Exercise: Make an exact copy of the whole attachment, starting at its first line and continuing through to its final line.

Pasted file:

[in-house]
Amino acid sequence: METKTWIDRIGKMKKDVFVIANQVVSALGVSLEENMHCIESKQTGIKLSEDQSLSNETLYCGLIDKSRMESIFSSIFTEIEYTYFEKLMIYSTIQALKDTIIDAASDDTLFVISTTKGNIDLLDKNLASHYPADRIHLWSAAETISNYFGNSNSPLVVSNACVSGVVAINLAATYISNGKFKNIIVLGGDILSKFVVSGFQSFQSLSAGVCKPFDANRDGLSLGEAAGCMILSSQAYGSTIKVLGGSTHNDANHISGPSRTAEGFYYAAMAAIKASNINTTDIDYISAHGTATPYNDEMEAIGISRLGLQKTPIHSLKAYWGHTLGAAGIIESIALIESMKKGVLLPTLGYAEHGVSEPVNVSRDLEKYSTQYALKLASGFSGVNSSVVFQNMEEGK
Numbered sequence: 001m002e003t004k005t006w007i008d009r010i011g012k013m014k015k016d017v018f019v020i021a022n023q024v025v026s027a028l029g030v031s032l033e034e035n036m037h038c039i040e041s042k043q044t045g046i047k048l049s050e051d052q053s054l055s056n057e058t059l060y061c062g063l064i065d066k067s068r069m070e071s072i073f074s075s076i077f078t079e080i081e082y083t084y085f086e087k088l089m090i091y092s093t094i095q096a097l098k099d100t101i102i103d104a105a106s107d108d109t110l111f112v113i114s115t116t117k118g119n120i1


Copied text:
[in-house]
Amino acid sequence: METKTWIDRIGKMKKDVFVIANQVVSALGVSLEENMHCIESKQTGIKLSEDQSLSNETLYCGLIDKSRMESIFSSIFTEIEYTYFEKLMIYSTIQALKDTIIDAASDDTLFVISTTKGNIDLLDKNLASHYPADRIHLWSAAETISNYFGNSNSPLVVSNACVSGVVAINLAATYISNGKFKNIIVLGGDILSKFVVSGFQSFQSLSAGVCKPFDANRDGLSLGEAAGCMILSSQAYGSTIKVLGGSTHNDANHISGPSRTAEGFYYAAMAAIKASNINTTDIDYISAHGTATPYNDEMEAIGISRLGLQKTPIHSLKAYWGHTLGAAGIIESIALIESMKKGVLLPTLGYAEHGVSEPVNVSRDLEKYSTQYALKLASGFSGVNSSVVFQNMEEGK
Numbered sequence: 001m002e003t004k005t006w007i008d009r010i011g012k013m014k015k016d017v018f019v020i021a022n023q024v025v026s027a028l029g030v031s032l033e034e035n036m037h038c039i040e041s042k043q044t045g046i047k048l049s050e051d052q053s054l055s056n057e058t059l060y061c062g063l064i065d066k067s068r069m070e071s072i073f074s075s076i077f078t079e080i081e082y083t084y085f086e087k088l089m090i091y092s093t094i095q096a097l098k099d100t101i102i103d104a105a106s107d108d109t110l111f112v113i114s115t116t117k118g119n120i1